Comment: Re:Honest question (Score 1) 67

You would donate if you believe in the direction that they are taking, and want to help them get there / sustain it.

Just like you buy commercial / closed source software, because you want what it does.

Nothing is ever guaranteed, but you have more of a chance of getting what you want if you are prepared to put your money (or time) where your mouth is.

Comment: Short-shighted view (Score 1) 594

by grahamtriggs (#48292309) Attached to: Space Tourism Isn't Worth Dying For

When people were messing around with pedal powered planes trying to get off the ground initially, I doubt anyone was thinking that we would be able to get 500 people from one side of the world to the other in 24 hours.

No, SpaceShipTwo is not going to be a fundamental change in the way we travel or what we can achieve by itself. But that's no reason why the lessons learned and/or any future cost reductions won't be stepping stones to greater things.

Comment: Problem with matching closely... (Score 1) 804

Sure, if you try to match size for size, spec for spec as closely as possible, you have a problem.

However, the article notes that if you went with nVidia chips rather than AMD - which may be preferable for some workloads - then you have the GPU bill, and immediately bring it below the cost of the Mac Pro.

And if you don't care to much about the size, changing the case and motherboard will likely bring your costs down further.

That's without taking advantage of what is good about DIY- the ability to make your own trade-offs as to where it is important to spend your money. Which is my biggest gripe about Apple hardware - to get the one or two things you really *must* have, you end up spending an awful lot more than you would for a PC, because you have to take a load of other things you simply don't care about.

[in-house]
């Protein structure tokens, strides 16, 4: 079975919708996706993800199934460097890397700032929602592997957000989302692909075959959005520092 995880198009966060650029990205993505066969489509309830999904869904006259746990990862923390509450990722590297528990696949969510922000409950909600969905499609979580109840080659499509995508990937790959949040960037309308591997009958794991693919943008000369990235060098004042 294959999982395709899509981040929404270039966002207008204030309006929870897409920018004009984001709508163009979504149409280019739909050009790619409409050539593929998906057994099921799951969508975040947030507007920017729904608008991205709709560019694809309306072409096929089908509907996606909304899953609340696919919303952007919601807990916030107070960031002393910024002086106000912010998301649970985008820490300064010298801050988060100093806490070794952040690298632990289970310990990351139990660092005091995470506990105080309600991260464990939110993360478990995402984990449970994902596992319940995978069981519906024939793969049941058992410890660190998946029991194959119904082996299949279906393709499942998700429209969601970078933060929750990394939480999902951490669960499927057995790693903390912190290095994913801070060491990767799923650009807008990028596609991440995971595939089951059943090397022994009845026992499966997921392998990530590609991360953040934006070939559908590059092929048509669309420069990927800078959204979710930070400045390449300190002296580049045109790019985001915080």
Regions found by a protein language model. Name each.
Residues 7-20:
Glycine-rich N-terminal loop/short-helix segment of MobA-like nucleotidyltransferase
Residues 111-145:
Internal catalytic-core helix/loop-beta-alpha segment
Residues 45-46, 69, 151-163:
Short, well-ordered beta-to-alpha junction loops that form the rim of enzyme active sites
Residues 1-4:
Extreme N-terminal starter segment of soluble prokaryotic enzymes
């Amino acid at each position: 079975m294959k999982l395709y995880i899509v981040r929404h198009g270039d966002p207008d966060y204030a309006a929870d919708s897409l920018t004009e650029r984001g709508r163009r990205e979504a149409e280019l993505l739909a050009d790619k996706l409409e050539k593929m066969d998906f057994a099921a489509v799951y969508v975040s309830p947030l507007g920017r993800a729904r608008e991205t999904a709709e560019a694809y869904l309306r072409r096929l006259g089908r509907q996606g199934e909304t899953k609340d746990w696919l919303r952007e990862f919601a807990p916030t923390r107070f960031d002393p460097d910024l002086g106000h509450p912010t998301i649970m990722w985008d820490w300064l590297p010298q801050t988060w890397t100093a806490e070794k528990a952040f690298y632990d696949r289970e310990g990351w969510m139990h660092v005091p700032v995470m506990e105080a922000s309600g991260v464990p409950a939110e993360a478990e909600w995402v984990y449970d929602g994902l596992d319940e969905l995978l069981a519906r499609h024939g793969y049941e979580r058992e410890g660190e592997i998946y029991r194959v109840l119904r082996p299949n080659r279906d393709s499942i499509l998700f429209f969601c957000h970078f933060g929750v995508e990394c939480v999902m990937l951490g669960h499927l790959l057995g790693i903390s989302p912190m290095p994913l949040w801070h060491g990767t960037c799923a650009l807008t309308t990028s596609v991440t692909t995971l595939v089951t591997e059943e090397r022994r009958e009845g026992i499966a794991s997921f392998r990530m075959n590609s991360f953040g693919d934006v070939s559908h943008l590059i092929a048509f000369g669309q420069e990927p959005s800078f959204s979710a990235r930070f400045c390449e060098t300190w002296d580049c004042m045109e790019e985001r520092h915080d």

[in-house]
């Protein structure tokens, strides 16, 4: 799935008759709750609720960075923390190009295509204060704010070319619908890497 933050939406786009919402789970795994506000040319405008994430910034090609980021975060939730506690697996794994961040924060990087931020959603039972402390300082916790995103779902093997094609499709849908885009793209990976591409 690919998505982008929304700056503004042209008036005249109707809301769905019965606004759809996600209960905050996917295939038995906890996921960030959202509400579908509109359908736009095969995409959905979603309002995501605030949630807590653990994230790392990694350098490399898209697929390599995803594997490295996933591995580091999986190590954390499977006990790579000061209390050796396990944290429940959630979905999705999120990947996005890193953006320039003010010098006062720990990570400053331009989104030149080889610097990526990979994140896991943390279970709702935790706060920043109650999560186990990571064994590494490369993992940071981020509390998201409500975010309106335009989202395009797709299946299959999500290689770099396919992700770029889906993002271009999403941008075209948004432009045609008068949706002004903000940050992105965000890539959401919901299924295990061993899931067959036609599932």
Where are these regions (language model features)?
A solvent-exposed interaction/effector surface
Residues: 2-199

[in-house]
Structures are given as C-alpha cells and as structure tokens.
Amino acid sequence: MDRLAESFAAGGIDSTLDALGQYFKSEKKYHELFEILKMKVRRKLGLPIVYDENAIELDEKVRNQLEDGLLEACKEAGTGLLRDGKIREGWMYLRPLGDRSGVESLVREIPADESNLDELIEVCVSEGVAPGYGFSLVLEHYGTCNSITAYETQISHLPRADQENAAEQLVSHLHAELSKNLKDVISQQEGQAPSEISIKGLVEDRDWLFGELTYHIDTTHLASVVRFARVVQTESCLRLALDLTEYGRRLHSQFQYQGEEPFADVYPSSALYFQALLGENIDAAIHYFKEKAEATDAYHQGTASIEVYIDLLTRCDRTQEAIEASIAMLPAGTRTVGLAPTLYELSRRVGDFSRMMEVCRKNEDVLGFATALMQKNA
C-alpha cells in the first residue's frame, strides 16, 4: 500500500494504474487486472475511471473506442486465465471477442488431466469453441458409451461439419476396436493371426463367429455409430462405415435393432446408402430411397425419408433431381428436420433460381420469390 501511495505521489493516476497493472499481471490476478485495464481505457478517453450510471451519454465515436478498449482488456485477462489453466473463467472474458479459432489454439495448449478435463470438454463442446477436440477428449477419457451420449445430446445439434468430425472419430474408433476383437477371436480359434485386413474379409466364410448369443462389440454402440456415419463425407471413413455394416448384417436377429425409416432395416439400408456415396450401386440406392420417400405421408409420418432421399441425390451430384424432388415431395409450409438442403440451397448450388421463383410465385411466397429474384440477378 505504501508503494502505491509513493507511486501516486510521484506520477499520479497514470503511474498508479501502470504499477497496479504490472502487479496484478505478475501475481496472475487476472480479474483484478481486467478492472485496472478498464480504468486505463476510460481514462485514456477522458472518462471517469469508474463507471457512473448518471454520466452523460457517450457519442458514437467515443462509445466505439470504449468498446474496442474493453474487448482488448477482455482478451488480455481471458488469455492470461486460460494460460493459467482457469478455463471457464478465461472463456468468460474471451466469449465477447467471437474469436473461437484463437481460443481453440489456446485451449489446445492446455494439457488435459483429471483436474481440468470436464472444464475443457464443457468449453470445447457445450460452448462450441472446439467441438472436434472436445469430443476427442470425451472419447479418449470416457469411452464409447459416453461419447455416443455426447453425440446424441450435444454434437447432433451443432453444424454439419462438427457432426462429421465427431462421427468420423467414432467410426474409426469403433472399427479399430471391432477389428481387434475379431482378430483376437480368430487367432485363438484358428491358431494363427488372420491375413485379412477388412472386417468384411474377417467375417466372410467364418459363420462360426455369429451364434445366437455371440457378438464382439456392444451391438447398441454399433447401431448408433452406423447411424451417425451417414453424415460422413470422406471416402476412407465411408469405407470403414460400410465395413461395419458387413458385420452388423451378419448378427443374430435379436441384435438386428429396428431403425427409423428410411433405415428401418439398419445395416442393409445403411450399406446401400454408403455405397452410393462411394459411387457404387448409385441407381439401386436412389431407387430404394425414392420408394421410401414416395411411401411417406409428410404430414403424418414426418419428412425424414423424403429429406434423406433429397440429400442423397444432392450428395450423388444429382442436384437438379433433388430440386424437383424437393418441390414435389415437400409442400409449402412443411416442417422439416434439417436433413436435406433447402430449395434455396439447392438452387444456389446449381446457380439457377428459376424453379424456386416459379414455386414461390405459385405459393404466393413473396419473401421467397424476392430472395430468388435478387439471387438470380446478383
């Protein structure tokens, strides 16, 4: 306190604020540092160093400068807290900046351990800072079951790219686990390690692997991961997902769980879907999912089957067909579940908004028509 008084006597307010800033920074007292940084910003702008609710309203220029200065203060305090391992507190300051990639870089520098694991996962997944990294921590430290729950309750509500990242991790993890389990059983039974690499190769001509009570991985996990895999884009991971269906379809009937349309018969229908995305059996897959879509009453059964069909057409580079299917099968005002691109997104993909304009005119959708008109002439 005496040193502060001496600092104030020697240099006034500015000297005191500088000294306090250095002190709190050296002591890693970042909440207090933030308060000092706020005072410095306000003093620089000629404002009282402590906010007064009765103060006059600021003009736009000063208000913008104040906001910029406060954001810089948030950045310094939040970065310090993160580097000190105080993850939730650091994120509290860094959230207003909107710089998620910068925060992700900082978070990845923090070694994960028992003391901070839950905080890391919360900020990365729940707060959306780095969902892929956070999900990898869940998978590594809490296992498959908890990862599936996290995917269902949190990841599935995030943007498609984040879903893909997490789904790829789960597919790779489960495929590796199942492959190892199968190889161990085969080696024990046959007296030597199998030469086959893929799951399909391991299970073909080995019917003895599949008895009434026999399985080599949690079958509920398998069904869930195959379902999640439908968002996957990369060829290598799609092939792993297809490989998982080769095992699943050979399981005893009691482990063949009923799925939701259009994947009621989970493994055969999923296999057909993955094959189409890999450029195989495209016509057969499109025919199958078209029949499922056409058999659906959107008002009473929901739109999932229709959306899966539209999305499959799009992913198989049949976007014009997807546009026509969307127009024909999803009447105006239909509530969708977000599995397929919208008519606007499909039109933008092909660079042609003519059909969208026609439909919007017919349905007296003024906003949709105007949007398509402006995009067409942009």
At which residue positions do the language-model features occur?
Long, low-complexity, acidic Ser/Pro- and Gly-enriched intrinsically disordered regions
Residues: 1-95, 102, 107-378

Comment: Bad Journalism (Score 1) 327

All this talk of sales, and talk that government could "enforce tax as a percentage of earnings on all companies".

Corporation tax is paid on PROFITS, not sales / earnings. And as for the large amounts made by some of these sales - e.g. Google's supposed £3.2 billion sales. Well, this year they agreed a £1 billion property deal for new headquarters in London - that might impact on profits somewhat...

HMRC has done some questionable things with relation to some companies, and yes, we need to ensure that all companies are paying tax fairly, and playing by the same rules. But there is a shocking amount of "me too" reporting over this issue, that glosses over the facts, presents information in a way that confuses rather than illuminates the issue, and often just gets the sums plain wrong.

Comment: Unsubscribing (was: Re:ROT13) (Score 1) 65

by grahamtriggs (#43333467) Attached to: Remote Island Adopts Dothraki Language

I only keep up with Slashdot via the RSS feed.

The stupid decision to ROT13 everything as a joke (which has gone on far too long anyway), makes the RSS feed entirely unusable. It basically makes my decision much easier - I'll unsubscribe from the RSS feed. Which basically means I'll see articles / visit this site way, way less frequently in the future.

Comment: Re:I don't understand all the anger over Google (Score 4, Insightful) 164

by grahamtriggs (#43251063) Attached to: Google Keep End-of-Life Date Forecasted

Oh, I get the point that we are not entitled to use these products, because we aren't paying for them.

But there are two points, really:

1) Anger is a way of expressing that people do actually care about the services. If they shut them down with nobody saying anything, then they are right. Conversely, if lots of people kick up a fuss, maybe they see that they are wrong (in thinking that people don't use it).

2) And this one is particularly pertinent to things like Google Sync/Exchange ActiveSync. Just because users aren't paying for the services, doesn't mean that they wouldn't. If I had the option to simply upgrade my Google Mail to a paid apps account / simply pay to retain the features that they are cutting from the free account, then maybe I would. I would *certainly* pay for a "Google Apps for Home", which kept Google Reader, EAS (upgraded to work with Outlook 2013), etc.

But they don't offer that option. That I don't pay for these services, isn't my fault in not seeing the value. It is their fault in providing the option.